At a July working lunch in the Birmingham & Midland Institute, the City Centre Peace Trail leaflet was launched.
After a John Bright Day held in the city a couple of years ago, Dr Peter van den Dungen – co-ordinator of the International Network of Peace Museums – suggested that a city centre peace trail leaflet be produced. A precedent has been set by London, Leeds, Bradford, Manchester and Atlanta to be followed in autumn this year by Berlin, Budapest, Paris, The Hague, Torino and Vienna.
Cllr Martin Mullaney arranged for a meeting with Dr Mashuq Ally, the council’s Assistant Director, Equalities & Human Resources who suggested that the leaflet be followed by a social cohesion project in ‘wider Birmingham’ – reflecting the city today – bringing in churches, gurdwaras, community organisations and mosques.
Patrick Baird (former head of local studies at Birmingham Central Library) agreed to do the research and Anthony Spettigue took the photographs. The design and production was the work of Paper and Print, of Shirley.
Present were Amrick Singh Ubhi, Guru Nanak Nishkam Sewak Jatha (GNNSJ), Andrew Smith, Bishop’s Adviser in Interfaith matters, Anthony Spettigue, project research group, photography, Barbara Panvel, project research group, Elizabeth Way, project research group, United National Association, Hansa Shah, Palestine Ecumenical Accompanier, Janet White, daughter of legendary city Quaker peace education activist Sidney White, John Beard, Birmingham Buddhist Vihara Trustee, Jonathan Gurling, Birmingham Faith Leaders Group, Joyce Springer-Amadedon, Handsworth and Lozells Community Team. Equality and Community Engagement Manager, Mashuq Ally, Assistant Director, Equalities & Human Resources, Patrick Baird, lead researcher, project research group, Peter Van den Dungen, University of Bradford, Co-ordinator: International Network of Peace Museums INMP), Sara Hagel, director of the Quaker Peace Education project, based in Edgbaston and Rianne ten Veen, who – after ten years with Islamic Relief Worldwide – is expanding her Open University teaching on interdisciplinary modules around environment, ethics and development.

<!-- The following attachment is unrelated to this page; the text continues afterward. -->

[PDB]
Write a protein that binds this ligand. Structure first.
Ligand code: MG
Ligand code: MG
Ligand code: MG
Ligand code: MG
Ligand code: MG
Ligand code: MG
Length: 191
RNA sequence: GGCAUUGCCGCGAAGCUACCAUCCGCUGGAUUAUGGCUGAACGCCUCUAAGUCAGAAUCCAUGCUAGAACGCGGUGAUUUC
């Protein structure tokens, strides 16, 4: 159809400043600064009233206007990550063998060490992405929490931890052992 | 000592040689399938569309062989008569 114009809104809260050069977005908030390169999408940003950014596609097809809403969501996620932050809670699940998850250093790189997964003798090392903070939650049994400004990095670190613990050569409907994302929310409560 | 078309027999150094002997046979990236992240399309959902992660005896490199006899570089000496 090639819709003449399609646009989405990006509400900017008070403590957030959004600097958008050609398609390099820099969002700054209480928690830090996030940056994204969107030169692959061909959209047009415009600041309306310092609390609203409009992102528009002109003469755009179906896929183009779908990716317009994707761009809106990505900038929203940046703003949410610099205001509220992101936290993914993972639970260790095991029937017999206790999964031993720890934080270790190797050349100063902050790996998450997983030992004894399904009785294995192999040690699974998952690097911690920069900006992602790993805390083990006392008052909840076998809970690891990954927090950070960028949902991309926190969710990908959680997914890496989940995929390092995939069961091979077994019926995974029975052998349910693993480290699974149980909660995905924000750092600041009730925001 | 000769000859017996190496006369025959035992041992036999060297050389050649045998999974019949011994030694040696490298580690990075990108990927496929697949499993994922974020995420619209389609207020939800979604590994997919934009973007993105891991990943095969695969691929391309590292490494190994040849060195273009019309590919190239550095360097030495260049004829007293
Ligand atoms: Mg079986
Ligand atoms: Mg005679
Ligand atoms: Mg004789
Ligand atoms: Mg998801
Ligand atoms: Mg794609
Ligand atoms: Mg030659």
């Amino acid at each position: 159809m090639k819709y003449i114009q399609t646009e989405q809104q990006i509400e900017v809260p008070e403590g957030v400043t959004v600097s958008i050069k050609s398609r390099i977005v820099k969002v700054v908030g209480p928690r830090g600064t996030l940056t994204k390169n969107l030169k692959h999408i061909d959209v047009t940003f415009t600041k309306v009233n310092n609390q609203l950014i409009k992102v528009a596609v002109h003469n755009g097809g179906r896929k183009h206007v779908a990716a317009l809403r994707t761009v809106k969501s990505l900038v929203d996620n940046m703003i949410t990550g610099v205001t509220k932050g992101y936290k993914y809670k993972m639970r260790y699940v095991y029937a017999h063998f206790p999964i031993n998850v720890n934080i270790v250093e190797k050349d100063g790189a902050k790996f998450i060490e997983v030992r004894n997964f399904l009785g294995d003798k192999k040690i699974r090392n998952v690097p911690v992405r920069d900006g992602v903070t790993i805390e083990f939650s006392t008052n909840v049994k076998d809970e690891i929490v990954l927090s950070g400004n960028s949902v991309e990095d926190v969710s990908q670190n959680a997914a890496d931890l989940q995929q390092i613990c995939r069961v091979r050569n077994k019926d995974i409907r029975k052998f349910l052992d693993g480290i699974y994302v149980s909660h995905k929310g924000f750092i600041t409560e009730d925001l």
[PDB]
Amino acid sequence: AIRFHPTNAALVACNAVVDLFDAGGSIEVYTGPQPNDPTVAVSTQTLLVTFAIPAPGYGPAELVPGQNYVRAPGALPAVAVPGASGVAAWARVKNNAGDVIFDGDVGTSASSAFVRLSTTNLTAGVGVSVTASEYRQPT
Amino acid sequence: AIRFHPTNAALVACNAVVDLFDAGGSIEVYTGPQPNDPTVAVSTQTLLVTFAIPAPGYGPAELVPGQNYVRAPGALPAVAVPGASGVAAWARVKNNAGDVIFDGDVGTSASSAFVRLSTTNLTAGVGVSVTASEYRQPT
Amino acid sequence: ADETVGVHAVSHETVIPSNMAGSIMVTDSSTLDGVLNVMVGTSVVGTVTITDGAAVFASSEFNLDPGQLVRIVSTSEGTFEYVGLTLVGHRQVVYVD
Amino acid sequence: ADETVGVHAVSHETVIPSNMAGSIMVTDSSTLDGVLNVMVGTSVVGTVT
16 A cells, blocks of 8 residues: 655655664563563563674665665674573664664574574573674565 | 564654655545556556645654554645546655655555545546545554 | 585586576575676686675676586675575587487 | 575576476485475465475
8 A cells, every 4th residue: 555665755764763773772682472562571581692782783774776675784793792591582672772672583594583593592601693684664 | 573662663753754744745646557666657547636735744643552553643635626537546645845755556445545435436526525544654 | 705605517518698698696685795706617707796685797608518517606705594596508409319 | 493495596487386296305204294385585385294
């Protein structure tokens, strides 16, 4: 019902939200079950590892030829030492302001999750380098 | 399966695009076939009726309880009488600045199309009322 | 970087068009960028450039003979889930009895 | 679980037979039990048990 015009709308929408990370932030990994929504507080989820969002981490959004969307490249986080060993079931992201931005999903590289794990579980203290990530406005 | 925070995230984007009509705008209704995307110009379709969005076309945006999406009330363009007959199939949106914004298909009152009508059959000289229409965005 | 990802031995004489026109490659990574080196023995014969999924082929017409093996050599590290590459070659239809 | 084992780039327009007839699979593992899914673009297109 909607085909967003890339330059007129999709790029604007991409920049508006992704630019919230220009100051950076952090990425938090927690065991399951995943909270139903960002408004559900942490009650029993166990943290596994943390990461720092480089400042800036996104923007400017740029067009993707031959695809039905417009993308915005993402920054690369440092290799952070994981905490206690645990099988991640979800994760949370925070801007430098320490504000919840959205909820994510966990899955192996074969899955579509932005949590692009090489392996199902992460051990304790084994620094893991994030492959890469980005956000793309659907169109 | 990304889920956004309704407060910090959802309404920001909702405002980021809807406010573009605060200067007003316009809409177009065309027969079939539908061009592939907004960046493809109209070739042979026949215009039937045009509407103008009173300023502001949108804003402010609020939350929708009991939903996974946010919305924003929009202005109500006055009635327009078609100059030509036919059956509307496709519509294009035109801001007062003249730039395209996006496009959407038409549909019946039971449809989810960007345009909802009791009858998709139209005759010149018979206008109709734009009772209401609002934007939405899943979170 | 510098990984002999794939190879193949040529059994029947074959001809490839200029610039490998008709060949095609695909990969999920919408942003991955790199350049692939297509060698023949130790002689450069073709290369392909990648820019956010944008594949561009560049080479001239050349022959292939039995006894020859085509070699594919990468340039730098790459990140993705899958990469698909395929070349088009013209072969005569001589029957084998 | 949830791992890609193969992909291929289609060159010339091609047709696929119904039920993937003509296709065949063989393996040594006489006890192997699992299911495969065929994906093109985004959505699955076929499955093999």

The Peace Trail may be downloaded from the INMP website. To fit on the screen a magnification of 65% works – but some definition will be lost. Start with page 2 and travel from the Peace Garden in Granville Street, following a two-hour trail which ends with the offices of West Midlands CND at the Warehouse in Allison Street Digbeth.
Next: Dr van den Dungen’s reflections on the value of reviving and recording local peace history